"I want to see evidence that my work meant something. I want to see more programming for Indigenous women entrepreneurs, I want to see organizations such as the Indigenous LIFT Collective being financially supported and sustained. I want to see investments and actual money being spent specifically to support and advance Indigenous women entrepreneurship."
- Ashley Richard,
As the National Indigenous Outreach & Partnership Development Specialist for the Women Entrepreneurship Knowledge Hub (WEKH), Ashley led a national initiative that included a series of roundtable community consultations with more than 350 participants throughout 2020. The National Needs Analysis on Indigenous Women's Entrepreneurship recently launched presents an analysis of the rich stories shared by Indigenous women entrepreneurs about their successes, challenges, and aspirations for future entrepreneurial endeavours.
“I am astounded by Ashley's dedication and devotion to her work and the impact she is here to make on behalf of all Indigenous women entrepreneurs both now and in the future. As we continue to support building a strong foundation around these women and all gender-fluid individuals, we support reconciliation-in-action. Healing happens, families blossom, communities thrive, and the trajectory shifts towards all that is possible in a re-imagined future.”
~ Charlene SanJenko, Impact Media Producer
As we are working to deliberately build a better and brighter future to be the ancestors that future generations will be truly grateful for, where do you feel specific focus and intention needs to be placed now?
"Be intentional and specific about Indigenous inclusion. Indigenous inclusion is more than just adding a feather to your logo or having your staff participate in a blanket exercise for an afternoon. Indigenous inclusion means taking a step back and recognizing that many of the social constructs we have today were not designed to be inclusive of Indigenous women. It also means recognizing that Indigenous communities need to be engaged in the entire creative process, right from the beginning."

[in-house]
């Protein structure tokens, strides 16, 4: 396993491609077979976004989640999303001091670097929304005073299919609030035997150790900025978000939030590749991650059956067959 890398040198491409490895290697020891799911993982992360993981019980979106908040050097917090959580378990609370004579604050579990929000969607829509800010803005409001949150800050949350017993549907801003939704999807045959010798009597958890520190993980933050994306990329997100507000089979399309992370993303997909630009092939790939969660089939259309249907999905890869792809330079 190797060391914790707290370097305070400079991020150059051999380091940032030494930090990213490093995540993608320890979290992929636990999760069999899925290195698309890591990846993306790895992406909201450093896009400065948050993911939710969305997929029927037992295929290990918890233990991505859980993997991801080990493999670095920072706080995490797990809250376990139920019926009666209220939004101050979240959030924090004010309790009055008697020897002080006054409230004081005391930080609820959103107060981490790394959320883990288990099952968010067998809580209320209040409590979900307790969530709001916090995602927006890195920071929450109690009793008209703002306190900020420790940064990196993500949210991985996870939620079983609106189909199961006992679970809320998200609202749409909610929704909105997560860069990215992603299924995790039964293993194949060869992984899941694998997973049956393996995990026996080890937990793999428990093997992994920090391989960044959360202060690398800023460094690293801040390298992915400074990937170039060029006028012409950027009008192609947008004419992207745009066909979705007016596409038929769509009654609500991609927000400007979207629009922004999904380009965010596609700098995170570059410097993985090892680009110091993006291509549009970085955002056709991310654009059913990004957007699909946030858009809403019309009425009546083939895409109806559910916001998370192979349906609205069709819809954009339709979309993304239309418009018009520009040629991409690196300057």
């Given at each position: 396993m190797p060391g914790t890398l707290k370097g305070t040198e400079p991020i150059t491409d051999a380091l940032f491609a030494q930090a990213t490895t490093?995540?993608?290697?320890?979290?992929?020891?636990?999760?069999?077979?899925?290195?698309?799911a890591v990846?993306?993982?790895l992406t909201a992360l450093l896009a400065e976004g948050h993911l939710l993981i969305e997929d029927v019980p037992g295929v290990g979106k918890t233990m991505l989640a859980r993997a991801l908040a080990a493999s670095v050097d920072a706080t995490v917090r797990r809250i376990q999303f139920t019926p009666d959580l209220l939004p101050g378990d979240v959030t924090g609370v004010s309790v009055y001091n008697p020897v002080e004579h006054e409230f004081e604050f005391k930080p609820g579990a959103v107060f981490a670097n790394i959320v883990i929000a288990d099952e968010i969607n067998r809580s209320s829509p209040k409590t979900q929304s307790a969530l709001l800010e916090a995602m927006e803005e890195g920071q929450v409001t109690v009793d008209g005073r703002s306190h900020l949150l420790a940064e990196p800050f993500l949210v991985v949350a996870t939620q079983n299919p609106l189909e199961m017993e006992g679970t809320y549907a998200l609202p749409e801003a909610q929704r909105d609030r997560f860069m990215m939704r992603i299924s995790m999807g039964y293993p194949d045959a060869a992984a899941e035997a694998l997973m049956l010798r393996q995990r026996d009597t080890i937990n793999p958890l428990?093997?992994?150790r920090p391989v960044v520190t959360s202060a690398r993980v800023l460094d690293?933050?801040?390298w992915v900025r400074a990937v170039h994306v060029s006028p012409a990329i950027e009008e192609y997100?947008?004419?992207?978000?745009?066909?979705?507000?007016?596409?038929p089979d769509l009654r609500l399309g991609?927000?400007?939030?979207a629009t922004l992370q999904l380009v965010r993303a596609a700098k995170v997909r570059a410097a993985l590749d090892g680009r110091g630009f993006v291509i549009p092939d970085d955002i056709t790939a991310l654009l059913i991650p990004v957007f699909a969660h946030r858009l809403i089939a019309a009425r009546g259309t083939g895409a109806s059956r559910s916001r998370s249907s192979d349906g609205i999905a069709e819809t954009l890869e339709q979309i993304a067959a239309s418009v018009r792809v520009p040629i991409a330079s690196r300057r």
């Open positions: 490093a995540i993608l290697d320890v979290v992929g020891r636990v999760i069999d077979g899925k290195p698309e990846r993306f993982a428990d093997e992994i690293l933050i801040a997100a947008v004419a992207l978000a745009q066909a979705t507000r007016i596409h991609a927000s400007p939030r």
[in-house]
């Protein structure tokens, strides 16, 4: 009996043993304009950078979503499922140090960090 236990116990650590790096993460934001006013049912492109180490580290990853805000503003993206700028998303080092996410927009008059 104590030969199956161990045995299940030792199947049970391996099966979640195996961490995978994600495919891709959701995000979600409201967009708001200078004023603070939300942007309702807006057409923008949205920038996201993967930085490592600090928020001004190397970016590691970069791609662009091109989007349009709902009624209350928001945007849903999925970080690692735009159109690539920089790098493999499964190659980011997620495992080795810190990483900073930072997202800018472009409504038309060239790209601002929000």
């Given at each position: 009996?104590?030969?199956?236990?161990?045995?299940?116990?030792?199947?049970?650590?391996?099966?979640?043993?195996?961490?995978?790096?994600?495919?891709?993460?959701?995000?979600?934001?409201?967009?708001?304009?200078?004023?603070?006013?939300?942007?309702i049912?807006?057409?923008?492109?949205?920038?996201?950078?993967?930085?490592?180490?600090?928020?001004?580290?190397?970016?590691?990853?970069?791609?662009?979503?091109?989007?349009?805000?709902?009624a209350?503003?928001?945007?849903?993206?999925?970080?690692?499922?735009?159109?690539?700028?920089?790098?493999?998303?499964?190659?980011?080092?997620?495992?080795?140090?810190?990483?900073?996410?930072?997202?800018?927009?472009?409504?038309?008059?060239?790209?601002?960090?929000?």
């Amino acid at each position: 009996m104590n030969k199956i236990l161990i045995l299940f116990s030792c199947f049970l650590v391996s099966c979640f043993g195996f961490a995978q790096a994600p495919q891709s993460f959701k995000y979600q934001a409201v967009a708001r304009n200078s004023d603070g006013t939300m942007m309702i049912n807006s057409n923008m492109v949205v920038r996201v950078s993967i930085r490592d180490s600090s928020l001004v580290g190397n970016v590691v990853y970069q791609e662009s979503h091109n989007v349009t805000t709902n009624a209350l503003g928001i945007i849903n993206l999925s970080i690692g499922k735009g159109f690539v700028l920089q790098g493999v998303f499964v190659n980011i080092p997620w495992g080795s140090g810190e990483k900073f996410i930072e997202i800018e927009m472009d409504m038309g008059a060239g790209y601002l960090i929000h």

- Ashley Richard,
Organizations need to be willing to look at their own practices with a critical and honest lens and perhaps recognize that practices they once thought were inclusive were actually the opposite, and exclusionary to Indigenous women. Inclusion must take a fundamental organizational shift.
Hiring Indigenous employees is not going to change your organizational culture. In fact, unless your culture shifts, hiring Indigenous employees might, unfortunately, end up with said employees feeling alienated and ultimately leaving. Important aspects to consider when large companies interact and engage with Indigenous communities:
How is your company, as a whole, honouring and embodying Indigenous values and traditions?
If you hired an Indigenous woman to design and execute programming, what supports are in place to ensure she has what’s needed to succeed?
Do you know what those supports would be?
Hiring Indigenous employees is not going to change your culture.
The first steps must include seats on your Board and in executive decision-making roles and roles that can influence change; and, an accountable action and engagement lens that is embedded all the way through the entire company rather than siloed.
Ashley will be a guest at our April 15-17, 2021 FireCircle gathering. Alongside Sara Wolfe of the Indigenous Innovation Initiative, Ashley will join us on Saturday, April 17th for a coffee & a conversation to Source Lift-Off as we continue to walk further into all that is possible in innovation, impact, and entrepreneurship as intentional change-making vehicles.
Over the past decade, we’ve built incredible networks, spheres of influence, and solid reputations as women leaders. How now do we take what has been built to gain incredible traction over the next decade that we have not yet experienced in our lifetimes? “To light a fire underneath our efforts to date to best ignite collective energy possible now and moving forward from here….”